Storytelling in music

Music in itself is storytelling. Successful artists paint a full picture through their lyrics, melodies, cover art, stage design, costumes and music videos. It’s no surprise then that the world’s biggest musical stars are masters at telling their own artist story, outside of their actual ‘products’ of music.

Here are three tenets for good storytelling: 

Show, don’t tell

Beyoncé is the one of the world’s most prominent Black artists, and her public persona is built on being a strong, powerful black woman. Her commitment to Black culture and specifically Black women shines through her work, and it’s not just lip service. 

Her dedication to Black women empowerment can be found in spades in her historic Beychella performance. As the first African American woman to headline Coachella, Beyoncé used this as an opportunity to further her story and promote other Black performers. She incorporated elements of Historically Black College and University (HBCU) traditions like marching bands. She hired an incredible ensemble of Black performers to join her on stage, and collaborated with Black designer Olivier Rousteing on costumes. 

Beyoncé doesn’t tell us she supports other Black artists and creators. She shows us. 


Google ‘Lana Del Rey aesthetic’, and you’ll find over 4 million results across internet forums, fashion sites, university dissertations, tutorials on achieving her vintage vocal mix and homages on Tumblr. Every element of Lana Del Rey’s output remains entirely consistent with her Hollywood sadcore image. Whether it’s her manicure, her pack shots, her fashion sense, her stage name or her actual music, every element fits into the story that is Lana Del Rey. 

As one outlet puts it, “Lana Del Rey is motorcycles. Lana Del Rey is sugar daddies. Lana Del Rey is old age America. Lana Del Rey is heart shaped sunglasses.”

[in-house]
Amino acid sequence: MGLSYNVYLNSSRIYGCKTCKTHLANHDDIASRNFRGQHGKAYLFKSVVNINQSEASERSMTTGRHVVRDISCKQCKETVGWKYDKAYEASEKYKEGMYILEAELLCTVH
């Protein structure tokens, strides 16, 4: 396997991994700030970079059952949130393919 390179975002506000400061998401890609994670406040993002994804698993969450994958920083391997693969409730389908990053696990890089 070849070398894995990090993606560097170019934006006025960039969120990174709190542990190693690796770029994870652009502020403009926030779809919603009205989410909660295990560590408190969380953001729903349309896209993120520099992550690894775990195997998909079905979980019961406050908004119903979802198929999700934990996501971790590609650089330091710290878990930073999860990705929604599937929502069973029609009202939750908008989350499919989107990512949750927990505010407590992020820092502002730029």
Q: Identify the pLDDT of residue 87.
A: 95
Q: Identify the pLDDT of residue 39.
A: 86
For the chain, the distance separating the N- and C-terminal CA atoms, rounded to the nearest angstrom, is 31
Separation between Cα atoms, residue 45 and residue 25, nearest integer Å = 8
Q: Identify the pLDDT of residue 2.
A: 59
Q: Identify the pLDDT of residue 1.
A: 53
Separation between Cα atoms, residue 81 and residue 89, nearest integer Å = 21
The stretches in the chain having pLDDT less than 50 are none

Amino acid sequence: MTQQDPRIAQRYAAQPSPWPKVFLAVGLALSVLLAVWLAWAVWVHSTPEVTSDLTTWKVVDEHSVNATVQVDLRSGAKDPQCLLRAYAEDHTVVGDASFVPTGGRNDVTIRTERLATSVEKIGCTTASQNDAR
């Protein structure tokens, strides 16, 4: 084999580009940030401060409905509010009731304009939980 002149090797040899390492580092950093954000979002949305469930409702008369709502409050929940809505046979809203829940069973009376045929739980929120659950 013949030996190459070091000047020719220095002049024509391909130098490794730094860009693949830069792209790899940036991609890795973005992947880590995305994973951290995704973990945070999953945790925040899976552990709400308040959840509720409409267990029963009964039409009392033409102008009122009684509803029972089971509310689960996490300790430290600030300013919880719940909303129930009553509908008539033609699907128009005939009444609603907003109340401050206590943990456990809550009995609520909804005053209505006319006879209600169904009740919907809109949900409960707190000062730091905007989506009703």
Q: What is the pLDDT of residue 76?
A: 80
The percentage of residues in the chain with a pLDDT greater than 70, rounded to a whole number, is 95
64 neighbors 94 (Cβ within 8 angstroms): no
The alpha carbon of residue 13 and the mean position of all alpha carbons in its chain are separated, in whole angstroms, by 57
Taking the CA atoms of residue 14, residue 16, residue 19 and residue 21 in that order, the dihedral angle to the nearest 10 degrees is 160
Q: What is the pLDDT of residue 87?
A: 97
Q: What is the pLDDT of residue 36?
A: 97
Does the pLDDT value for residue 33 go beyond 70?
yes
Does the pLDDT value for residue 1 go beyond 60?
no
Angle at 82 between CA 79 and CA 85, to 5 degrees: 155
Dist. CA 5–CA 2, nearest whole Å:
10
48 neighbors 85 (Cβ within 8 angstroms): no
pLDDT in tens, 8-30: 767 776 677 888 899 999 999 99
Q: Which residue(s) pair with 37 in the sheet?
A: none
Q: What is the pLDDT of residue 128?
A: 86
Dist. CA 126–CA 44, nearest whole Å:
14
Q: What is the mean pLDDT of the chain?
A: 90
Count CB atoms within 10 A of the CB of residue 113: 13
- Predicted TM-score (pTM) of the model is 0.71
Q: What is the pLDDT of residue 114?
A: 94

Be genuine 

A huge part of Billie Eilish’s public persona is her activism for causes close to her heart, with one the most prominent being climate change. 

Her work here isn’t at face level. She hasn’t just recorded a short clip for a charity campaign and left it at that. Billie has told The LA Times she has climate anxiety, and the singer-songwriter uses every inch of her platform as a celebrity to cover this. 

Her genuine commitment to the environment as an artist includes wearing a protest tee at The AMA’s, talking about the environment on Jimmy Fallon, setting up an eco friendly world tour, and partnering with Global Village to educate her punters about how they can help. Not to mention her incredible song ‘all good girls go to hell’, a climate change anthem about the LA Wildfires:  

Storytelling never stops

It’s understandable that some artists have taken the foot off the gas with their marketing this year. It might have felt inappropriate to promote sales content when there are bigger issues at hand, or artists shows and music may have been halted temporarily. But sharing and developing your story with the world shouldn’t be an on/off switch. 

2020 is actually the perfect time for artists to tell their stories and deepen their relationship with their audience. Instead of trying to manage a full content calendar to keep their managers, booking agent and label happy, artists now have a decent chunk of time where almost all fan communication can be solely about them with no sales agenda. This is a rare opportunity where artists can showcase their personality, brand, lives and the magic behind their music, completely unfettered by promotional obligations.

Don’t write off 2020 as a compulsory gap in your career as an artist. Turn it into the moment you unveil your greatest story to your audiences and fans. This isn’t your usual incremental audience building you’d see every time you service a single to radio or release a music video. Make your story front and centre, hook them in, make them fall in love with you, and build your audience for life.

Side B Sessions

May 8, 2020

Bolster ambitiously (and successfully, might I add) rolled out a full day conference last year in Sydney and Melbourne. It was a day packed with keynotes, workshops and panel discussions around music, audiences, community building, tech, social media, advertising and brand marketing. We rolled out a full session in Melbourne and went back for seconds in Sydney a couple of days later.

I presented two different talks at Side B: Cultivating Communities (about fandoms, communities, and how brands can get in on that action) and a State of Play (where we’re at with consumers, advertising and tech). I also had a nightmarish trip back from Sydney where our flight was delayed a billion hours and my plane seat was covered in something that could have been blood or jam or both. (Oh the days of interstate travel, I miss you yet I really don’t at the same time.)